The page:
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March 28, 2021
Architect and member of the Royal Society of Ulster Architects Angela Alonso Herrador shares her thoughts about the role of virtual reality in architectural design.
From its earliest inception, Architecture has been communicated through two dimensional drawings, from the beautifully hand drawn details of the Victorian Master Builder through to modern highly technical computer-generated construction drawings. The Architect’s roll of large format drawings has historically been the method of communicating their ideas to their clients and builders.
Now however, there is a new kid on the block, Virtual Reality. From its tentative introduction in the mid-nineties by Apple, VR is now becoming the best way of communicating places and spaces in our virtual world. Architects have naturally gravitated towards the use of VR as a tool to communicate their ideas.
Virtual Reality Model of an Apartment – C60 Architects (Belfast)
We are now familiar with Google Street View, and the adoption of VR by the gaming industry. The availability of smartphones capable of accessing VR content allows us all to access to content in the palm of our hands which was until recently only available to those with rooms full specialist computing equipment. As a result, today’s Architects are using VR to communicate their vision.
As well as immersing the client into their proposed scheme, VR opens a host of new opportunities… You can change the time of day to see how shadows will fall on a specific day, or can change the worktop in the kitchen to try out different interior options. You can even position your artwork in a room or see how your existing furniture will fit in the new space. At C60 Architects we even use VR as a way of communicating design proposals with Autistic and non-verbal clients. VR therefore allows architecture to be truly accessible to everyone, everywhere, at all times.
Most smartphones support this technology.
Immersive technology allows you to experience the building before construction starts
Historically it was sometimes difficult for clients to understand two dimensional plans or visualise exactly what was being proposed. Now VR allows you to experience the spaces first-hand, and make better informed design decisions. Where traditional drawings only showed a single aspect of view, VR allows fully immersive experience. By using 360 photographs and 3D laser scanning of existing buildings, it is also possible to blend new proposals with the existing environment to create an Augmented Reality and view proposals in their context.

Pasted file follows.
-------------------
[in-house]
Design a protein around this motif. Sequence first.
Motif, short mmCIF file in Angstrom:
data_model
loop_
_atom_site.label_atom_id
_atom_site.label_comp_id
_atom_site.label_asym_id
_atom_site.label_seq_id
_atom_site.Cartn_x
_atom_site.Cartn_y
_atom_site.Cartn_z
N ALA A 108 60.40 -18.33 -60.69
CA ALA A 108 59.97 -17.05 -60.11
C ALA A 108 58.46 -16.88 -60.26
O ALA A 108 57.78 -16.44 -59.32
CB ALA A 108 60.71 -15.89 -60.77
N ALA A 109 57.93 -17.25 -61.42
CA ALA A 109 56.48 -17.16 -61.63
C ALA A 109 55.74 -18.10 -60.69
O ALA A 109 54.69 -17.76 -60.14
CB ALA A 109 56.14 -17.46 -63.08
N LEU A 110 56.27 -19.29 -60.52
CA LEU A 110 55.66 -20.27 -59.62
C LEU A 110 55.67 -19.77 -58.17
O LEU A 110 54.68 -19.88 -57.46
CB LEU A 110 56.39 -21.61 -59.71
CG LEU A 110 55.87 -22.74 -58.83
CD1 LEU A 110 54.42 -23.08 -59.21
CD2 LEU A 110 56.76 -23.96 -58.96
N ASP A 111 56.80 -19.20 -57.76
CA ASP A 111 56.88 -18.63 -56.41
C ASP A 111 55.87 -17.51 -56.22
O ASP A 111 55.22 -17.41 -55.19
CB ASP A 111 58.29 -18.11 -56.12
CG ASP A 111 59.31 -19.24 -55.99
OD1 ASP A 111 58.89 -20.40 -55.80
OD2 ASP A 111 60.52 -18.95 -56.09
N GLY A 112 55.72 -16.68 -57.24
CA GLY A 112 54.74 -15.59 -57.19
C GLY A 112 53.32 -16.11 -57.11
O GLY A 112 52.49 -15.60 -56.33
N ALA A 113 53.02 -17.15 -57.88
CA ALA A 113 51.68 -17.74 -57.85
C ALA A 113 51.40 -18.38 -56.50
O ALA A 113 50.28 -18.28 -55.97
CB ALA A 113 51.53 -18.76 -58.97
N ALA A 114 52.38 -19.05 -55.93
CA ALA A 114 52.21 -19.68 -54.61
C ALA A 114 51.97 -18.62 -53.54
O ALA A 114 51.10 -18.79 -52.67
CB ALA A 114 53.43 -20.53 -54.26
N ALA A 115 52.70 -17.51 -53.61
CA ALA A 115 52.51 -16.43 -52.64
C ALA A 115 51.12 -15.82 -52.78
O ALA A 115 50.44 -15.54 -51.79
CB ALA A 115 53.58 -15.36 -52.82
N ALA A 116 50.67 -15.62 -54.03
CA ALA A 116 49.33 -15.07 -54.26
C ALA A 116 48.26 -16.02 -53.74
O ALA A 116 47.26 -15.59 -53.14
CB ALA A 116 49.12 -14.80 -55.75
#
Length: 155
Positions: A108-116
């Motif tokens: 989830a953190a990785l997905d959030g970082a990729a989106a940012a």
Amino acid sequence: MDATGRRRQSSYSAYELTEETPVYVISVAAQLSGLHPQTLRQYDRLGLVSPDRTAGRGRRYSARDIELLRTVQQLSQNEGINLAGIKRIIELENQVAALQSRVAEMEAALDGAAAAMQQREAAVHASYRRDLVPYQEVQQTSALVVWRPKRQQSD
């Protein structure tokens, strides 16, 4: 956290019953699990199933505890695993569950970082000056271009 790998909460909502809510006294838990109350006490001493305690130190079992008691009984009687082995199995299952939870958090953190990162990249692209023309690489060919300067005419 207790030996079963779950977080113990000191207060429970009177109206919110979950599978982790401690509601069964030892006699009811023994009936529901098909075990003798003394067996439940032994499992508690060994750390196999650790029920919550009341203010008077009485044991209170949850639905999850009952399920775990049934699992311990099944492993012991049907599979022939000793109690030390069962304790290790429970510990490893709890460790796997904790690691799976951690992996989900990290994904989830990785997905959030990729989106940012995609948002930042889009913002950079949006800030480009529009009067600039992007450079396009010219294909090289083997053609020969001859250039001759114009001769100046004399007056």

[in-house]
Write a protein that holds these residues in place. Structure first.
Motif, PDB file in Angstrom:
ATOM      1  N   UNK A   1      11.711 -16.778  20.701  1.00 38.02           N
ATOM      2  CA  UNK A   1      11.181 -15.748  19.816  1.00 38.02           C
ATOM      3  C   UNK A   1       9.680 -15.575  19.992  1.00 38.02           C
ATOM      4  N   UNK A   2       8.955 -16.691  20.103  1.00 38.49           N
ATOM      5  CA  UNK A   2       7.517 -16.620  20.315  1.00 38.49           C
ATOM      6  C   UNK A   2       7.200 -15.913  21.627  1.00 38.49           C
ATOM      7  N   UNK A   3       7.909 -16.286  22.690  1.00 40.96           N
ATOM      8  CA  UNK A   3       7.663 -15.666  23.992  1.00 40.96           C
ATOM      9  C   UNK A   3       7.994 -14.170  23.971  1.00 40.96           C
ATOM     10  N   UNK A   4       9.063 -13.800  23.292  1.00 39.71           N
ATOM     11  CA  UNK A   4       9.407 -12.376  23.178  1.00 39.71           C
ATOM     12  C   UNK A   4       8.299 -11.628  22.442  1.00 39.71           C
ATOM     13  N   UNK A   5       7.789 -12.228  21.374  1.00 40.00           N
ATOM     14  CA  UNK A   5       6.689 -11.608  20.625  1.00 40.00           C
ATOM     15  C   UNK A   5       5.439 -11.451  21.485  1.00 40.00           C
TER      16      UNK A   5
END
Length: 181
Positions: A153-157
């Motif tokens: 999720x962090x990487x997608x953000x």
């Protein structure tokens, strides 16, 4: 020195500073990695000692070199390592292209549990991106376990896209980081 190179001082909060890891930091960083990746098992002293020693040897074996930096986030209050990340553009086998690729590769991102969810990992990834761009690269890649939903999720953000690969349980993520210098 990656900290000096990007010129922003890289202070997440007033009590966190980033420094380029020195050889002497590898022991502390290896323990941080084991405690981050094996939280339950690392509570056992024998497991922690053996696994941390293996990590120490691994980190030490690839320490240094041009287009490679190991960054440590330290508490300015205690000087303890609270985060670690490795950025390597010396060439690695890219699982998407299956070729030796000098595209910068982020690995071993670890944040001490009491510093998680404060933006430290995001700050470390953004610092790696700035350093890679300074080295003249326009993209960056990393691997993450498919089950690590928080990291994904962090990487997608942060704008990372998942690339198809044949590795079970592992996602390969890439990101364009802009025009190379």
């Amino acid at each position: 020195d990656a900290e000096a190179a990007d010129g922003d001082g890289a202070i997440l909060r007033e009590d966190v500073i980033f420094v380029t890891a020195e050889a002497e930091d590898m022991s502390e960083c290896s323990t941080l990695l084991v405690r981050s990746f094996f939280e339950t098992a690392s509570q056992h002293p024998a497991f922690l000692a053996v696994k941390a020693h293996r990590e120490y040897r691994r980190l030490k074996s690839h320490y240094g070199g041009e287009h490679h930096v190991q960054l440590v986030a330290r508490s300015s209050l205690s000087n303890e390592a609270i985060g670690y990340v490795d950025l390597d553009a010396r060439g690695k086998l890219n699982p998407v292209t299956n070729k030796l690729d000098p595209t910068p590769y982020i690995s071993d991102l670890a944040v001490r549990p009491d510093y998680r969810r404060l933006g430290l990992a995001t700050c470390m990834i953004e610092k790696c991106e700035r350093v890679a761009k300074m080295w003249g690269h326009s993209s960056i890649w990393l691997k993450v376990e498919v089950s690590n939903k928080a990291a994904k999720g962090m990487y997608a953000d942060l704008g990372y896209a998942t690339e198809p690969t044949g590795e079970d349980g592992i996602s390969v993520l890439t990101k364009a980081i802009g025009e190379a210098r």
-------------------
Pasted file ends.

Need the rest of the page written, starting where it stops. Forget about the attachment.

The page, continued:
VR is a useful tool for visualizing materials and simulating lighting conditions
As the laws of nature to not apply in VR you can set your imagination free and create the spaces of your dreams, free from social distancing and with VR goggles instead of a mask. However, your Architect will be on hand to keep your feet on the ground and ensure that your creative vision is capable of becoming a reality.
The ongoing Covid19 pandemic has changed forever the way we all work and interact. In the future it is not a huge leap to imagine that you will be meeting family and colleagues in virtual spaces as Zoom and Microsoft Teams rapidly evolve to include VR technology. At C60 Architects we are now holding our client meetings online within their virtual projects and it is only a matter of time before everyone is doing this.
If you want to discuss your project then Find an architect today.